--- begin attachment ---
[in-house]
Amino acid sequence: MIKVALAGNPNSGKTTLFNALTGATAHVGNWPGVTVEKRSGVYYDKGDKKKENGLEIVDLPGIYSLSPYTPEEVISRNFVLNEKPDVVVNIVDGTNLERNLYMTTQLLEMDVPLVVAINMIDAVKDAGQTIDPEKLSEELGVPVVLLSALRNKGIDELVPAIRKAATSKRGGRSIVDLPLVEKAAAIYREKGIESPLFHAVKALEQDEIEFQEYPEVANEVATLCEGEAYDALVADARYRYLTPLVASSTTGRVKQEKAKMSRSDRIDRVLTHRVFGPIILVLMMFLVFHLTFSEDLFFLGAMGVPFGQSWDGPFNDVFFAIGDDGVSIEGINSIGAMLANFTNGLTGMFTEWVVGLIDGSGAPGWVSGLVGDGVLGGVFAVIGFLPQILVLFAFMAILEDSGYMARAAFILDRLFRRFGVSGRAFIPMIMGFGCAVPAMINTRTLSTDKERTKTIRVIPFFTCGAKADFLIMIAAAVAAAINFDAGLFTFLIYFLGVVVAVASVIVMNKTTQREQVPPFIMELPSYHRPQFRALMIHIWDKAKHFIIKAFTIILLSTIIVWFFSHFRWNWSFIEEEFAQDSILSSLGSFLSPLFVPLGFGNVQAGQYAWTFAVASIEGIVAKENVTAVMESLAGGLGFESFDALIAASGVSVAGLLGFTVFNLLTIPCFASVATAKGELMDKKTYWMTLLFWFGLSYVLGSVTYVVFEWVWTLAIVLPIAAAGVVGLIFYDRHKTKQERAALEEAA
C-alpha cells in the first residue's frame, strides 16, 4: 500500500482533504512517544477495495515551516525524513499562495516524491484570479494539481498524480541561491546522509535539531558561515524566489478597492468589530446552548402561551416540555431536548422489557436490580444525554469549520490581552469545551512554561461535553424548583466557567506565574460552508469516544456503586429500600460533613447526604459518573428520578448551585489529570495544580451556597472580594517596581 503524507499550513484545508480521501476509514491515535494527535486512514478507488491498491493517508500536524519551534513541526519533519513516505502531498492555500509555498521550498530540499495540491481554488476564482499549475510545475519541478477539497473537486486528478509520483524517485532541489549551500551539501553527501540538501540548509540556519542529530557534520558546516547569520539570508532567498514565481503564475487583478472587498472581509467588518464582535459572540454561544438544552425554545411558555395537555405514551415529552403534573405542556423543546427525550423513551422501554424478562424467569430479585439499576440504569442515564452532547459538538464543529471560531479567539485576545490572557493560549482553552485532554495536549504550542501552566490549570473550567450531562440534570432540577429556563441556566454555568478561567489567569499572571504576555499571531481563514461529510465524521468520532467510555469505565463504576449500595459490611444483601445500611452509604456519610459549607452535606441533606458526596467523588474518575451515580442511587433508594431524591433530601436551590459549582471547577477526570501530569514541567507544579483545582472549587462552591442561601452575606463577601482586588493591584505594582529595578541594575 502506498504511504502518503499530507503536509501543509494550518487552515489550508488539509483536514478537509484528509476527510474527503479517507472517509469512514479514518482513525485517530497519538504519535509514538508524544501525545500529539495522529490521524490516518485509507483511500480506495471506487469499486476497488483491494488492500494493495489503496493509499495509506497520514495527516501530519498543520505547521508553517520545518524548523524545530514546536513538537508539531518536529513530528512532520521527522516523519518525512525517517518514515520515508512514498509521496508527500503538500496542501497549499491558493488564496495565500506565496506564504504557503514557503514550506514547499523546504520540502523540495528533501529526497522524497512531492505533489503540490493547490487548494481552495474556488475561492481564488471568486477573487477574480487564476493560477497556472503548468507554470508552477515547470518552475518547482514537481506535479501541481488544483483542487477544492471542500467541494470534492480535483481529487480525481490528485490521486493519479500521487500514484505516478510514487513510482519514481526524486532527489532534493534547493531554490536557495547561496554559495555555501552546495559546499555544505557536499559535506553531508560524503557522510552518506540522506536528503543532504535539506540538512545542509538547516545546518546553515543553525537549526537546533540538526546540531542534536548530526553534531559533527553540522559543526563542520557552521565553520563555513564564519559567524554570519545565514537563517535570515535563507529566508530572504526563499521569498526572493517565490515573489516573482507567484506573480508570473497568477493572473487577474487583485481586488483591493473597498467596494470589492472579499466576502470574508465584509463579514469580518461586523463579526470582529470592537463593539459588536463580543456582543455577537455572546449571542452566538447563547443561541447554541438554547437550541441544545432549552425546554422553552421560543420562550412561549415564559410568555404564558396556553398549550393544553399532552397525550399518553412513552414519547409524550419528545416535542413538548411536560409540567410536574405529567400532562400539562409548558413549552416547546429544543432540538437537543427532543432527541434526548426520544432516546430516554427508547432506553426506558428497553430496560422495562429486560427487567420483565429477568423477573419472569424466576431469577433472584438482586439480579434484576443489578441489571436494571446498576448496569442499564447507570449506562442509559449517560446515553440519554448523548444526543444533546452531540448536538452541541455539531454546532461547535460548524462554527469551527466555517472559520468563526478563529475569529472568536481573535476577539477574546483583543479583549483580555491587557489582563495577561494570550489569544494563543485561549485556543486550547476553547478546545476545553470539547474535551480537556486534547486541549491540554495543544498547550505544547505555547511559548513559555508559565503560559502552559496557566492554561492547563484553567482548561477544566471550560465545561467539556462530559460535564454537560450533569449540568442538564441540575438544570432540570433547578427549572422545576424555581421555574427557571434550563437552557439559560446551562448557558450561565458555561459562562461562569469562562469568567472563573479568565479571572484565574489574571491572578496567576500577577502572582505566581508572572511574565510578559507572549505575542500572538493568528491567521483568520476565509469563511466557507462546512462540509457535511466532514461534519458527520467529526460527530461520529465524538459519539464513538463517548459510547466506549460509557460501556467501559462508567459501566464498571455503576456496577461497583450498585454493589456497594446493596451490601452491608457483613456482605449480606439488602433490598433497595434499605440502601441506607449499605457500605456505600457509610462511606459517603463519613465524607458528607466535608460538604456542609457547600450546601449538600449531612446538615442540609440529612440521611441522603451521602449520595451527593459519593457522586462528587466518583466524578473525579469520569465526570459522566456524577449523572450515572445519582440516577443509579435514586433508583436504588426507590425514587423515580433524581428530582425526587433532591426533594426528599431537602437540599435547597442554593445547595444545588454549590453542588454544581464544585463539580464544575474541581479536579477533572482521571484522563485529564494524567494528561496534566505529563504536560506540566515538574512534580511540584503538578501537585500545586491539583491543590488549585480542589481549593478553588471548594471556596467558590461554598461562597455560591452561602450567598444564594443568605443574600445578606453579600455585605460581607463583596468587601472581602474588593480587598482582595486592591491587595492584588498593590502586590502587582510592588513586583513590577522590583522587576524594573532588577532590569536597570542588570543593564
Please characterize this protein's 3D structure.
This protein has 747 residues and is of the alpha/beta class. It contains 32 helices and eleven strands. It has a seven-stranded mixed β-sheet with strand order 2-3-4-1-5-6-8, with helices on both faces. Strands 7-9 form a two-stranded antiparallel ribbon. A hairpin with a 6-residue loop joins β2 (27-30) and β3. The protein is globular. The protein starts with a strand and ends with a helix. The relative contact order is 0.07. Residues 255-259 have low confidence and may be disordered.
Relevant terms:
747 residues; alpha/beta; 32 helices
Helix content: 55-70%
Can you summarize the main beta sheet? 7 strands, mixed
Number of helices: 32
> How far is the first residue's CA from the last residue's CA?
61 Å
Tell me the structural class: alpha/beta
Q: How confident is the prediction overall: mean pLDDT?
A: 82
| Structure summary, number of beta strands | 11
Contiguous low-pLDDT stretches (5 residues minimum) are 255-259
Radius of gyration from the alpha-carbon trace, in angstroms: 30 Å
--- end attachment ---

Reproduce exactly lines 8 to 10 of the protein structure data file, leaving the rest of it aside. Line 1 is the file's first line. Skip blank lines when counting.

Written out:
Helix content: 55-70%
Can you summarize the main beta sheet? 7 strands, mixed
Number of helices: 32